And to make the pitch complete, the Tag-Line is…
‘Love is Sacrifice’
At a higher, conceptual, level the script (like my infamous Horror Cinema courses at AFTRS) is in many ways a response to the sad state of many Australian Horror films over the past few decades. There have been some successes - Wolf Creek drew a big crowd through deft direction, Snowtown was creepy and disturbing, The Tunnel was flawed but clever and Daybreakers was bloody awesome (albeit much more SciFi in concept and structure than Horror). But there have also been too many Australian Horror films in this period have been a triumph of banality and lowest-common-denominator splatter often left me scratching my head wondering “who the hell green-lit that..!??”.
As a lover (and, dare I say, aficionado) of Horror I am increasingly angered by the narrowing and dumbing-down of Horror to a niche sub-genre of torture-porn and monster-movies. Horror is a much broader church than these two extremes - a genre capable of significantly wider audience appeal than teenage boys. It is a sophisticated genre encompassing a complex array of audience experiences and desires, a genre that can engage profoundly with the depths of human psychology.
My concern with the too often appalling state of Australian Horror begins with an observation of the kinds of filmmakers who often make horror here; as I said in a recent interview on Screenhub - horror “is made too often by people who don’t really love the genre, who are more interested in subverting exploiting or hybridising it, and not enough in just honouring it…. There’s too many writers and directors who see horror films as a way to a credit, and they don’t really love the genre for what it is and what it can be.”
What this leads to is a fatal flaw in Horror concepts and the development phase of creating Horror films; the focus on a Scary Circumstance rather than a Scary Idea. I have written about this previously and to quote from myself…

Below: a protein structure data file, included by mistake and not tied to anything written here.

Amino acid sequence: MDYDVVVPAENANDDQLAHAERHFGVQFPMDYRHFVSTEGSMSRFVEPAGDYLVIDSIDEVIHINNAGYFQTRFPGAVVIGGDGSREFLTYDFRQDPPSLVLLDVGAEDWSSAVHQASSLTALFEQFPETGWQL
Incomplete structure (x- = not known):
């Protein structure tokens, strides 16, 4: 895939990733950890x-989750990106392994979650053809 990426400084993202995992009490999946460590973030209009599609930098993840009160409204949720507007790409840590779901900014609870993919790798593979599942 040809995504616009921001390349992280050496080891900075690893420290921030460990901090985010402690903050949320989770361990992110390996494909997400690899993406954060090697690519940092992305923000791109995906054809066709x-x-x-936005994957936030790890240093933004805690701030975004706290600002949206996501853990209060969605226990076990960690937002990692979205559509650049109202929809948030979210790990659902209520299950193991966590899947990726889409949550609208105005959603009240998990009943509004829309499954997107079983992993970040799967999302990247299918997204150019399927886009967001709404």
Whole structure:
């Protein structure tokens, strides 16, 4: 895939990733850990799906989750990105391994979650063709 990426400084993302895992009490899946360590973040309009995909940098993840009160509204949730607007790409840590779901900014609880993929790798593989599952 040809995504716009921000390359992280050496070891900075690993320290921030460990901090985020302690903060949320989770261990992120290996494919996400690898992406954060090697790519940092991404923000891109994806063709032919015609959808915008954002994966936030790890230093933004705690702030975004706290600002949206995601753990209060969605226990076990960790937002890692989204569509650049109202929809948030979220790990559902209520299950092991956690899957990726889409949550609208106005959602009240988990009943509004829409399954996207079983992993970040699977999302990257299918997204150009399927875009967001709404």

“Circumstances are, by literal definition, the given events and parameters of a scenario; thus the Horrific Circumstances of a Horror film are those given events that are innately dangerous and scary. A monster from the deep attacking a city, a giant snake hunting human prey in the jungle, a ghost killing off the crew of a ship, a serial killer stalking a victim in the city. These are circumstances that have innately high stakes, a level of direct threat that induces Fear. Horrific Circumstances are where most horror film’s begin, originating with the ‘monster’ the force of evil at the heart of every horror narrative - be it ghost, demon, killer or creature.
The Horrific Idea of a Horror film however is something different altogether; a terror inducing concept that goes beyond the monster, a fearful notion that is delivered by the presence of the ‘monster’ but which transcends it and invokes something deeper - something more human. Take Jaws for example; the Horrific Circumstance is a huge man-eating shark terrorizing a seaside summer resort town. Certainly sharks hunting hapless swimmers is a scary proposition but the massive success of Jaws, both critically and commercially, is not owed to this two-dimensional scenario. The Horrific Idea at the heart of Jaws is not the Shark but the Greed, Ignorance and Arrogance of the town in placing the ‘summer dollars’ of tourism above the safety of people. This central Idea is the essence that elevates Jaws above just fear of sharks and into a greater metaphoric fear of greed, pride and arrogance.”
Coming up with a scary circumstance is easy and it’s vacuous. Without metaphor the story is hollow. In the end I, as an audience, know that I’m not going to be eaten by a giant shark, but I cant escape the horror of Greed and Corruption that puts me in danger. And it is this bigger fear, for which the monster is a metaphor and manifestation, that sits with me long after the film is over and from which i cannot escape.